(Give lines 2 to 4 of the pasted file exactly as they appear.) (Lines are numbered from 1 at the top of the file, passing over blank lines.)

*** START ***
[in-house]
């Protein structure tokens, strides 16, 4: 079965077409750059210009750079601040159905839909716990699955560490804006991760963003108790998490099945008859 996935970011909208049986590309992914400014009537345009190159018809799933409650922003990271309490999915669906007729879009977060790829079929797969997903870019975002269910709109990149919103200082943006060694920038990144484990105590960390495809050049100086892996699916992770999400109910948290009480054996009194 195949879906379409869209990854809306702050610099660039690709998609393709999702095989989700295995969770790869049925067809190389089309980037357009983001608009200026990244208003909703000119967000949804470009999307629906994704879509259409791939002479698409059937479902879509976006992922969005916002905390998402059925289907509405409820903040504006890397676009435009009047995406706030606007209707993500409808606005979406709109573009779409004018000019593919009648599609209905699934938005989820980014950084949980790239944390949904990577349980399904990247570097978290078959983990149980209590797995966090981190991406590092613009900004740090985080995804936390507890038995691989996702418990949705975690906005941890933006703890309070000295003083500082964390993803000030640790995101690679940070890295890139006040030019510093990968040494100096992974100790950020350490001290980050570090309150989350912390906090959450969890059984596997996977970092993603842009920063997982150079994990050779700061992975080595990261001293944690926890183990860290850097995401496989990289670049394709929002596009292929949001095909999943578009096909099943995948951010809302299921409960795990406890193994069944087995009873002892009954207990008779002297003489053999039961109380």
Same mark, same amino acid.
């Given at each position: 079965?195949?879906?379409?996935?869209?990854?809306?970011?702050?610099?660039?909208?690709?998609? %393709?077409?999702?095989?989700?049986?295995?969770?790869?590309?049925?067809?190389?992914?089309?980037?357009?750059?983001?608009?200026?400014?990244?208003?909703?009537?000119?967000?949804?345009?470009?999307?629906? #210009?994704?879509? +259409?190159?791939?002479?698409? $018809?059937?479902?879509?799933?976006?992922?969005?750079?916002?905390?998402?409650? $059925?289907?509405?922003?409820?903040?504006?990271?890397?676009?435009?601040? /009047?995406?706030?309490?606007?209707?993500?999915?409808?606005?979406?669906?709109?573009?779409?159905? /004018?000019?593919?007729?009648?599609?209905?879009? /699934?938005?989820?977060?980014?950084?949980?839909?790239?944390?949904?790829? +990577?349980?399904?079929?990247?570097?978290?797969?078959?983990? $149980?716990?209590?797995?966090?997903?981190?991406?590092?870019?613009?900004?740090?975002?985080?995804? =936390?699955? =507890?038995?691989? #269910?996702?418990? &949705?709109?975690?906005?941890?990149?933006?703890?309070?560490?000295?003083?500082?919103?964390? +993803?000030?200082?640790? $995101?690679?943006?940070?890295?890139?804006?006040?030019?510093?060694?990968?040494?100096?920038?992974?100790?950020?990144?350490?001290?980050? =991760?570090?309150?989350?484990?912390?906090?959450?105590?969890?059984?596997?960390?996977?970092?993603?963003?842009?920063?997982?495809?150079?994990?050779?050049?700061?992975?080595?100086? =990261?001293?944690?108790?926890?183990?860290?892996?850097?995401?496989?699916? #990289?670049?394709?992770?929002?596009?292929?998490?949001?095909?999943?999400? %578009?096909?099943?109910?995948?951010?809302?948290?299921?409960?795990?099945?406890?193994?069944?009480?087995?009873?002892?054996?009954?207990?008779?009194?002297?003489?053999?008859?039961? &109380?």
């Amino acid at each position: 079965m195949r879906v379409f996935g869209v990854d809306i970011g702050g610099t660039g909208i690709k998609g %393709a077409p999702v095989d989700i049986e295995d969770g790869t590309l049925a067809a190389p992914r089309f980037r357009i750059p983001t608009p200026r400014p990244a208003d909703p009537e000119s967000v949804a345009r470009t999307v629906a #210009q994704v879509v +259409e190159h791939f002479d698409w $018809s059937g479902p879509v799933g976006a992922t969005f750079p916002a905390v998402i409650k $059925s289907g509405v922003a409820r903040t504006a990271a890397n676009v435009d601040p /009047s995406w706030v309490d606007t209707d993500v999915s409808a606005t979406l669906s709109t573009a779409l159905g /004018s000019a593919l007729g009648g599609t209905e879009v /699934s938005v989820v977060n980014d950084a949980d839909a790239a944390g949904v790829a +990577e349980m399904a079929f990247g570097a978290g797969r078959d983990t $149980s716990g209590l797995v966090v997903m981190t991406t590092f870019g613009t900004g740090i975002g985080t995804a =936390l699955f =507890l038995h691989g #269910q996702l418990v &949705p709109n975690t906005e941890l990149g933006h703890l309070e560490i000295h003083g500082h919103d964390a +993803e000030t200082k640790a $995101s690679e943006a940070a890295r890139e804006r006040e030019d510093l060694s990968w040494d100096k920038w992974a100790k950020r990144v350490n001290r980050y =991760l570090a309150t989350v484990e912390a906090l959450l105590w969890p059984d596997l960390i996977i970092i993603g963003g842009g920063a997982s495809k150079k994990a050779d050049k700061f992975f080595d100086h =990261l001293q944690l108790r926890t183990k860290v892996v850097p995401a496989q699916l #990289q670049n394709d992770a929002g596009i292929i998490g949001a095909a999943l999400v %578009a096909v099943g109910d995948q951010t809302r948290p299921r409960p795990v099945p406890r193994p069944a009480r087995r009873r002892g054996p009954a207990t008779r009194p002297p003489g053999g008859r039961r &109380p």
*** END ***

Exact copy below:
């Protein structure tokens, strides 16, 4: 079965077409750059210009750079601040159905839909716990699955560490804006991760963003108790998490099945008859 996935970011909208049986590309992914400014009537345009190159018809799933409650922003990271309490999915669906007729879009977060790829079929797969997903870019975002269910709109990149919103200082943006060694920038990144484990105590960390495809050049100086892996699916992770999400109910948290009480054996009194 195949879906379409869209990854809306702050610099660039690709998609393709999702095989989700295995969770790869049925067809190389089309980037357009983001608009200026990244208003909703000119967000949804470009999307629906994704879509259409791939002479698409059937479902879509976006992922969005916002905390998402059925289907509405409820903040504006890397676009435009009047995406706030606007209707993500409808606005979406709109573009779409004018000019593919009648599609209905699934938005989820980014950084949980790239944390949904990577349980399904990247570097978290078959983990149980209590797995966090981190991406590092613009900004740090985080995804936390507890038995691989996702418990949705975690906005941890933006703890309070000295003083500082964390993803000030640790995101690679940070890295890139006040030019510093990968040494100096992974100790950020350490001290980050570090309150989350912390906090959450969890059984596997996977970092993603842009920063997982150079994990050779700061992975080595990261001293944690926890183990860290850097995401496989990289670049394709929002596009292929949001095909999943578009096909099943995948951010809302299921409960795990406890193994069944087995009873002892009954207990008779002297003489053999039961109380």
Same mark, same amino acid.
């Given at each position: 079965?195949?879906?379409?996935?869209?990854?809306?970011?702050?610099?660039?909208?690709?998609? %393709?077409?999702?095989?989700?049986?295995?969770?790869?590309?049925?067809?190389?992914?089309?980037?357009?750059?983001?608009?200026?400014?990244?208003?909703?009537?000119?967000?949804?345009?470009?999307?629906? #210009?994704?879509? +259409?190159?791939?002479?698409? $018809?059937?479902?879509?799933?976006?992922?969005?750079?916002?905390?998402?409650? $059925?289907?509405?922003?409820?903040?504006?990271?890397?676009?435009?601040? /009047?995406?706030?309490?606007?209707?993500?999915?409808?606005?979406?669906?709109?573009?779409?159905? /004018?000019?593919?007729?009648?599609?209905?879009? /699934?938005?989820?977060?980014?950084?949980?839909?790239?944390?949904?790829? +990577?349980?399904?079929?990247?570097?978290?797969?078959?983990? $149980?716990?209590?797995?966090?997903?981190?991406?590092?870019?613009?900004?740090?975002?985080?995804? =936390?699955? =507890?038995?691989? #269910?996702?418990? &949705?709109?975690?906005?941890?990149?933006?703890?309070?560490?000295?003083?500082?919103?964390? +993803?000030?200082?640790? $995101?690679?943006?940070?890295?890139?804006?006040?030019?510093?060694?990968?040494?100096?920038?992974?100790?950020?990144?350490?001290?980050? =991760?570090?309150?989350?484990?912390?906090?959450?105590?969890?059984?596997?960390?996977?970092?993603?963003?842009?920063?997982?495809?150079?994990?050779?050049?700061?992975?080595?100086? =990261?001293?944690?108790?926890?183990?860290?892996?850097?995401?496989?699916? #990289?670049?394709?992770?929002?596009?292929?998490?949001?095909?999943?999400? %578009?096909?099943?109910?995948?951010?809302?948290?299921?409960?795990?099945?406890?193994?069944?009480?087995?009873?002892?054996?009954?207990?008779?009194?002297?003489?053999?008859?039961? &109380?």